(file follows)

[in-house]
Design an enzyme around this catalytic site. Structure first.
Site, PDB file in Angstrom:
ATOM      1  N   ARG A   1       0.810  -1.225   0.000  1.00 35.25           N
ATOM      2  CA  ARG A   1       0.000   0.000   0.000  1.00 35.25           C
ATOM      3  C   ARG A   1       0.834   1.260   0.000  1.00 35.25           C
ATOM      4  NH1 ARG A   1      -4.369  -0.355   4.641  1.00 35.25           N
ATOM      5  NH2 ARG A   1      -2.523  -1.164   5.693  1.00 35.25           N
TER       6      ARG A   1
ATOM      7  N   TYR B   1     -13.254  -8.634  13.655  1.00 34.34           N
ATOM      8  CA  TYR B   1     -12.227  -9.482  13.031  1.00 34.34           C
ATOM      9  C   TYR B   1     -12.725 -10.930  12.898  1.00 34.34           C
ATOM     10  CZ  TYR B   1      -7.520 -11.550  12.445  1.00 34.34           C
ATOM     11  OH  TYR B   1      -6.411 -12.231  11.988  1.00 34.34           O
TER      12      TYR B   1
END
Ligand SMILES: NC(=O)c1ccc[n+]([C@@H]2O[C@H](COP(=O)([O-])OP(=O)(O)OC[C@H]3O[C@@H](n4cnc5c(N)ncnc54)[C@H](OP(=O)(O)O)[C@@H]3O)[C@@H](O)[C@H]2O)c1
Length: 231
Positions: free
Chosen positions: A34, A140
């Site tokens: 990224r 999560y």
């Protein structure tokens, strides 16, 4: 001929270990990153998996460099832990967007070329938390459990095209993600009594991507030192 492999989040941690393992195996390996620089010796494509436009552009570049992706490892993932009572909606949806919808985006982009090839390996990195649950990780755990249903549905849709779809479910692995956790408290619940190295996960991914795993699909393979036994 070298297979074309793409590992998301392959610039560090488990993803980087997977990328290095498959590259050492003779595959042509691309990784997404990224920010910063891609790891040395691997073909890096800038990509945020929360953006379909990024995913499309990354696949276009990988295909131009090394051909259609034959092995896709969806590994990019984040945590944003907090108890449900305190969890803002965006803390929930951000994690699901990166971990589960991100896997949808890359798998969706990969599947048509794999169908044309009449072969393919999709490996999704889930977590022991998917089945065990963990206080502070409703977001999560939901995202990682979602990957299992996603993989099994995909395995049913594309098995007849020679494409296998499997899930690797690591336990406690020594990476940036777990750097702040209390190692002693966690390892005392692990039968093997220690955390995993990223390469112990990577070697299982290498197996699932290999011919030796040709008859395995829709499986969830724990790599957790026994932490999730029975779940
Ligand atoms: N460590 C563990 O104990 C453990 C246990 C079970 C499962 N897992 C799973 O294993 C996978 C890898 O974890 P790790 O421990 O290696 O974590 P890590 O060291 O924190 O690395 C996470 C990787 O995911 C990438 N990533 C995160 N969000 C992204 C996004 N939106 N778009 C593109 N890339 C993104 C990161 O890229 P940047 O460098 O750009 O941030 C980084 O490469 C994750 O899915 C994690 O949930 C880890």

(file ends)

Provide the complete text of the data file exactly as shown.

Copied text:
[in-house]
Design an enzyme around this catalytic site. Structure first.
Site, PDB file in Angstrom:
ATOM      1  N   ARG A   1       0.810  -1.225   0.000  1.00 35.25           N
ATOM      2  CA  ARG A   1       0.000   0.000   0.000  1.00 35.25           C
ATOM      3  C   ARG A   1       0.834   1.260   0.000  1.00 35.25           C
ATOM      4  NH1 ARG A   1      -4.369  -0.355   4.641  1.00 35.25           N
ATOM      5  NH2 ARG A   1      -2.523  -1.164   5.693  1.00 35.25           N
TER       6      ARG A   1
ATOM      7  N   TYR B   1     -13.254  -8.634  13.655  1.00 34.34           N
ATOM      8  CA  TYR B   1     -12.227  -9.482  13.031  1.00 34.34           C
ATOM      9  C   TYR B   1     -12.725 -10.930  12.898  1.00 34.34           C
ATOM     10  CZ  TYR B   1      -7.520 -11.550  12.445  1.00 34.34           C
ATOM     11  OH  TYR B   1      -6.411 -12.231  11.988  1.00 34.34           O
TER      12      TYR B   1
END
Ligand SMILES: NC(=O)c1ccc[n+]([C@@H]2O[C@H](COP(=O)([O-])OP(=O)(O)OC[C@H]3O[C@@H](n4cnc5c(N)ncnc54)[C@H](OP(=O)(O)O)[C@@H]3O)[C@@H](O)[C@H]2O)c1
Length: 231
Positions: free
Chosen positions: A34, A140
């Site tokens: 990224r 999560y």
């Protein structure tokens, strides 16, 4: 001929270990990153998996460099832990967007070329938390459990095209993600009594991507030192 492999989040941690393992195996390996620089010796494509436009552009570049992706490892993932009572909606949806919808985006982009090839390996990195649950990780755990249903549905849709779809479910692995956790408290619940190295996960991914795993699909393979036994 070298297979074309793409590992998301392959610039560090488990993803980087997977990328290095498959590259050492003779595959042509691309990784997404990224920010910063891609790891040395691997073909890096800038990509945020929360953006379909990024995913499309990354696949276009990988295909131009090394051909259609034959092995896709969806590994990019984040945590944003907090108890449900305190969890803002965006803390929930951000994690699901990166971990589960991100896997949808890359798998969706990969599947048509794999169908044309009449072969393919999709490996999704889930977590022991998917089945065990963990206080502070409703977001999560939901995202990682979602990957299992996603993989099994995909395995049913594309098995007849020679494409296998499997899930690797690591336990406690020594990476940036777990750097702040209390190692002693966690390892005392692990039968093997220690955390995993990223390469112990990577070697299982290498197996699932290999011919030796040709008859395995829709499986969830724990790599957790026994932490999730029975779940
Ligand atoms: N460590 C563990 O104990 C453990 C246990 C079970 C499962 N897992 C799973 O294993 C996978 C890898 O974890 P790790 O421990 O290696 O974590 P890590 O060291 O924190 O690395 C996470 C990787 O995911 C990438 N990533 C995160 N969000 C992204 C996004 N939106 N778009 C593109 N890339 C993104 C990161 O890229 P940047 O460098 O750009 O941030 C980084 O490469 C994750 O899915 C994690 O949930 C880890």